With his polling in the single digits and his frontrunner status a thing of the distant past, Jeb Bush had one thing to prove at the second GOP debate: that he was the mainstream candidate to take on Donald Trump.
But Bush’s performance Wednesday night did not do much to calm the GOP donor class’s concerns that they bet on him too early. While his rivals for establishment support landed their punches on Trump, Bush was wobbly and at times overrun by the brazen billionaire.
Prior to Trump’s emergence, the former governor of Florida — an early favorite among Republican donors — was expected to be batting down challenges from less well-financed candidates. That narrative was completely upended by Trump’s unexpectedly deep and persistent appeal among Republican voters. Wednesday’s debate was yet another performance in which Bush was trying to claw his way back on to the pedestal and failing to get any traction.
Bush ditched the “higher ground” approach in favor of confronting Trump some time ago. But Wednesday he didn’t demonstrate that he had become any better at it. His demand that Trump apologize to his wife, who was in the audience, for previously attacking her Mexican heritage were easily dismissed by Trump, who said “I won’t do that because I said nothing wrong,”
Trump also was able to turn Bush’s attempt to defend his record on women’s health back to his suggestion that the federal government was spending too much on health care
“You said you’re going to cut funding for women’s health. You said it,” Trump said, ending the discussion.
Bush’s inability to best Trump or to emerge as the clear alternative to the real estate magnate’s combustible campaign could be summed in the moment where Bush low-fived Trump after making a joke about Trump’s reliable barb on Bush’s “low energy.” This is The Donald’s presidential primary; Jeb Bush is just living in it.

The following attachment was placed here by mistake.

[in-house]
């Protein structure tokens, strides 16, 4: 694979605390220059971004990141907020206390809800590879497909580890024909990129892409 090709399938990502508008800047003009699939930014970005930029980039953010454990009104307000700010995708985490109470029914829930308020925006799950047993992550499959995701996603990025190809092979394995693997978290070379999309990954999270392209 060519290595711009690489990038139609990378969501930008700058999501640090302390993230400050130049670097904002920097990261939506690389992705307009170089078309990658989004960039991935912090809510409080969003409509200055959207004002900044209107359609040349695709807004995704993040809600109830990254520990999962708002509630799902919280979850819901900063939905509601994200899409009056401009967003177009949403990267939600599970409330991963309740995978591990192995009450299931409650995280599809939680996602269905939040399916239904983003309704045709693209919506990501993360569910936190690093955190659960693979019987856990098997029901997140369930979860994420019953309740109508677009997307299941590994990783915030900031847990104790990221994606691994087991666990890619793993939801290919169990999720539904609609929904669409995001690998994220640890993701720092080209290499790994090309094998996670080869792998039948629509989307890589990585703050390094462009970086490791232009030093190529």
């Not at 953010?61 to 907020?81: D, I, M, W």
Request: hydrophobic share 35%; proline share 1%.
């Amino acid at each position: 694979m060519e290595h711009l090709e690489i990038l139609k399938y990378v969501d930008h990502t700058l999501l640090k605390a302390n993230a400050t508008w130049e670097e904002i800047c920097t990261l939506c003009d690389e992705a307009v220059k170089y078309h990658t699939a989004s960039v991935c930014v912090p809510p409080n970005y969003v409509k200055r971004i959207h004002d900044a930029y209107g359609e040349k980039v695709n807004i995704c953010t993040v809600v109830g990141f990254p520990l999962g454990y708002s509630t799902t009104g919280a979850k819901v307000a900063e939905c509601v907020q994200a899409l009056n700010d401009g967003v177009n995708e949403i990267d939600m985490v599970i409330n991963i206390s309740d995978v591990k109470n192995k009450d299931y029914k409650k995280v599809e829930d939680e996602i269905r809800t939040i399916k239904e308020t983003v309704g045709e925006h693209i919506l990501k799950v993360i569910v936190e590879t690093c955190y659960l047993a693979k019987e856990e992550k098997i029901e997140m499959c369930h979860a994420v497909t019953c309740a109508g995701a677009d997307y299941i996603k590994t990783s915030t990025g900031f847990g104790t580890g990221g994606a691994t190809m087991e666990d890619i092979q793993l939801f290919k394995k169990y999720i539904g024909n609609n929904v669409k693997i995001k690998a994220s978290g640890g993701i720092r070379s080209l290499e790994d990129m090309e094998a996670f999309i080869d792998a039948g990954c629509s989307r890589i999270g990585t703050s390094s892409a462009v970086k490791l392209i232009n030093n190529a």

Bush did get the best of Trump on the billionaire’s claim that he would not be swayed by wealthy donors, like the career politicians on the stage. Bush brought up Trump’s unsuccessful attempt to lobby for casino gambling in the Sunshine state while Bush was governor. Trump denied he made an effort to bring gambling to Florida, but Bush appears correct on the facts and won the point.
Bush’s problems date back to before the Summer of Trump, particularly when it comes to his inability to come up with strong, cohesive answer to questions about his brother’s presidency, questions he should be expecting. That was no different Wednesday when he was asked about his recycling of his brother’s and father’s advisors. Before getting to the heart of the question — what makes you your own man? — Bush offered a rambling discussion of the limited pool of foreign policy experts.
“Well, first of all, Hugh, if you’re looking at Republican advisers, you have to go to the last two administrations,” Bush said. “That happened to be 41 and 43. So just by definition, if you’re — and many of the people here that are seeking advice from the foreign policy experts in the Republican side, they — they served in my dad’s administration, my brother’s administration. Of course that’s the case.”
Bush’s strongest moment of the night came in an exchange with Trump about his brother’s presidency.
“You know what? As it relates to my brother, there’s one thing I know for sure. He kept us safe,” Bush said.
The line drew major applause from the Reagan Library’s conservative audience, but Trump’s response — confidently dismissive of Jeb, and his brother, and conservative orthodoxy — captured the dynamic between the two men.
“You feel safe right now? I don’t feel so safe,” Trump said.
As the other candidates jumped in to challenge Trump, yet again, Bush let the moment pass him by.
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